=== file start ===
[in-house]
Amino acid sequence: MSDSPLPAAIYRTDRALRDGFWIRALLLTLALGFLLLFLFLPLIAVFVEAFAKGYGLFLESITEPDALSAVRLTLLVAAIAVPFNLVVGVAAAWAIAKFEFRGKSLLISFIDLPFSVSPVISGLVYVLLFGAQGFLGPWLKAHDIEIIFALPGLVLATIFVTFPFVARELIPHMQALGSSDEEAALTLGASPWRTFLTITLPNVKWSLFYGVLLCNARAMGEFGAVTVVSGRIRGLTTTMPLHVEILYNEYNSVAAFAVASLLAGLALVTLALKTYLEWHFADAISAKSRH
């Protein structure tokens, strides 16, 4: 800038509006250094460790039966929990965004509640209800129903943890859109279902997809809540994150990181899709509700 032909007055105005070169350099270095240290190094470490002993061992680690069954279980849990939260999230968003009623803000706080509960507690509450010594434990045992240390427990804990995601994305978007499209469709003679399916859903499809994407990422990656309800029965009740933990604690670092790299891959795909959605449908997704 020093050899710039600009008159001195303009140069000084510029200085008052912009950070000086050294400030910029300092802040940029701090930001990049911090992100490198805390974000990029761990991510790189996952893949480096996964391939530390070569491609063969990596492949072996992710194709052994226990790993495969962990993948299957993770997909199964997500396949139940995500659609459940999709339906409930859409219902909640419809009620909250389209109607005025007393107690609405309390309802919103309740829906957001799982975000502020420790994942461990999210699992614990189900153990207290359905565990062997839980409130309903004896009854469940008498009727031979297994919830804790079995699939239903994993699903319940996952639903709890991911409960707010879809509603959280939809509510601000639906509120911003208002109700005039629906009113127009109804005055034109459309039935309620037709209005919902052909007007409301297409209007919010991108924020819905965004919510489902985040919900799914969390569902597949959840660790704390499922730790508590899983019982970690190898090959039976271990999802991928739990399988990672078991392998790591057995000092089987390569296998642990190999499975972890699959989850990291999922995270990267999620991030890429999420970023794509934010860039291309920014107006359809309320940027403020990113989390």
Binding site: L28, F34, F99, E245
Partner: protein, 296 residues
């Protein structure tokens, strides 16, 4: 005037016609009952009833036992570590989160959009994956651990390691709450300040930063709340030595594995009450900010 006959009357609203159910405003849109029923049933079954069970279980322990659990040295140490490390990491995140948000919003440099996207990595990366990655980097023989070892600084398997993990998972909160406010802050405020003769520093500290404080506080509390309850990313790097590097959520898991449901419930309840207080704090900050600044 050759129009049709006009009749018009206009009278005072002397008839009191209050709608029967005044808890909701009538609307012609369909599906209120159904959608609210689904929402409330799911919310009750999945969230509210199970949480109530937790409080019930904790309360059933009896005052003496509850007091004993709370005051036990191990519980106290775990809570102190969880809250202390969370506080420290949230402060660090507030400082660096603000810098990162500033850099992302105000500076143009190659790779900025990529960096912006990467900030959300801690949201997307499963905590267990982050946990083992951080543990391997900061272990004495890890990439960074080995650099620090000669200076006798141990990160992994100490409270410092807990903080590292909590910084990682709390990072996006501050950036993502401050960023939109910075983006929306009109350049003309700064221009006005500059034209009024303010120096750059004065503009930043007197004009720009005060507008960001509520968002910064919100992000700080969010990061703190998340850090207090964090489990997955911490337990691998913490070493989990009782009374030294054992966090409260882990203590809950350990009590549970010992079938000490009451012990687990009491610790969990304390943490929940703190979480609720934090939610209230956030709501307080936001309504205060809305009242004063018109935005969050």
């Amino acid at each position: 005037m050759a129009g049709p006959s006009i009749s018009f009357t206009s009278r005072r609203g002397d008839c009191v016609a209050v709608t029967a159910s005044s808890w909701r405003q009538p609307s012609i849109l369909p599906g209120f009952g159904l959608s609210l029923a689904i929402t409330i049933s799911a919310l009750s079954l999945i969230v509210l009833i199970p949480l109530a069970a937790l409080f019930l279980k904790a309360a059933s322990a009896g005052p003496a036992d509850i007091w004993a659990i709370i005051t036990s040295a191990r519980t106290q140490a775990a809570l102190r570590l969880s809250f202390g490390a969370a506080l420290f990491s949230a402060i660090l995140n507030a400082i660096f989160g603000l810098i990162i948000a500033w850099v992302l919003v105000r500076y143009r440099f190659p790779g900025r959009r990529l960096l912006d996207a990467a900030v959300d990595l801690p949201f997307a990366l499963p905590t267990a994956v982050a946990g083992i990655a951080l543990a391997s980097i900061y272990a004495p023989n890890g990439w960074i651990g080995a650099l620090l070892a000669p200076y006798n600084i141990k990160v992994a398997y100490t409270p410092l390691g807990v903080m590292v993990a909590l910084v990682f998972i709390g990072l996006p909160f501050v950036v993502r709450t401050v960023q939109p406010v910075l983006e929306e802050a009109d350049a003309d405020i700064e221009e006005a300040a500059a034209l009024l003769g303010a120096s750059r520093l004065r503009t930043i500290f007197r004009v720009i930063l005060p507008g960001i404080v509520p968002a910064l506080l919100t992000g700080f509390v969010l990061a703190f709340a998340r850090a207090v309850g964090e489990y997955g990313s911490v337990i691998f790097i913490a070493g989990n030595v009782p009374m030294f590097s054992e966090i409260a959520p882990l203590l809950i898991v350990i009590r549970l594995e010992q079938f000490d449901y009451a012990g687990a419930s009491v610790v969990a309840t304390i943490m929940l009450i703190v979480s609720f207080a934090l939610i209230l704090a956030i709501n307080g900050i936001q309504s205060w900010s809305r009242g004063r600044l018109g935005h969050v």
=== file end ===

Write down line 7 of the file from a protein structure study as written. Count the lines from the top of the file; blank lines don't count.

């Amino acid at each position: 005037m050759a129009g049709p006959s006009i009749s018009f009357t206009s009278r005072r609203g002397d008839c009191v016609a209050v709608t029967a159910s005044s808890w909701r405003q009538p609307s012609i849109l369909p599906g209120f009952g159904l959608s609210l029923a689904i929402t409330i049933s799911a919310l009750s079954l999945i969230v509210l009833i199970p949480l109530a069970a937790l409080f019930l279980k904790a309360a059933s322990a009896g005052p003496a036992d509850i007091w004993a659990i709370i005051t036990s040295a191990r519980t106290q140490a775990a809570l102190r570590l969880s809250f202390g490390a969370a506080l420290f990491s949230a402060i660090l995140n507030a400082i660096f989160g603000l810098i990162i948000a500033w850099v992302l919003v105000r500076y143009r440099f190659p790779g900025r959009r990529l960096l912006d996207a990467a900030v959300d990595l801690p949201f997307a990366l499963p905590t267990a994956v982050a946990g083992i990655a951080l543990a391997s980097i900061y272990a004495p023989n890890g990439w960074i651990g080995a650099l620090l070892a000669p200076y006798n600084i141990k990160v992994a398997y100490t409270p410092l390691g807990v903080m590292v993990a909590l910084v990682f998972i709390g990072l996006p909160f501050v950036v993502r709450t401050v960023q939109p406010v910075l983006e929306e802050a009109d350049a003309d405020i700064e221009e006005a300040a500059a034209l009024l003769g303010a120096s750059r520093l004065r503009t930043i500290f007197r004009v720009i930063l005060p507008g960001i404080v509520p968002a910064l506080l919100t992000g700080f509390v969010l990061a703190f709340a998340r850090a207090v309850g964090e489990y997955g990313s911490v337990i691998f790097i913490a070493g989990n030595v009782p009374m030294f590097s054992e966090i409260a959520p882990l203590l809950i898991v350990i009590r549970l594995e010992q079938f000490d449901y009451a012990g687990a419930s009491v610790v969990a309840t304390i943490m929940l009450i703190v979480s609720f207080a934090l939610i209230l704090a956030i709501n307080g900050i936001q309504s205060w900010s809305r009242g004063r600044l018109g935005h969050v």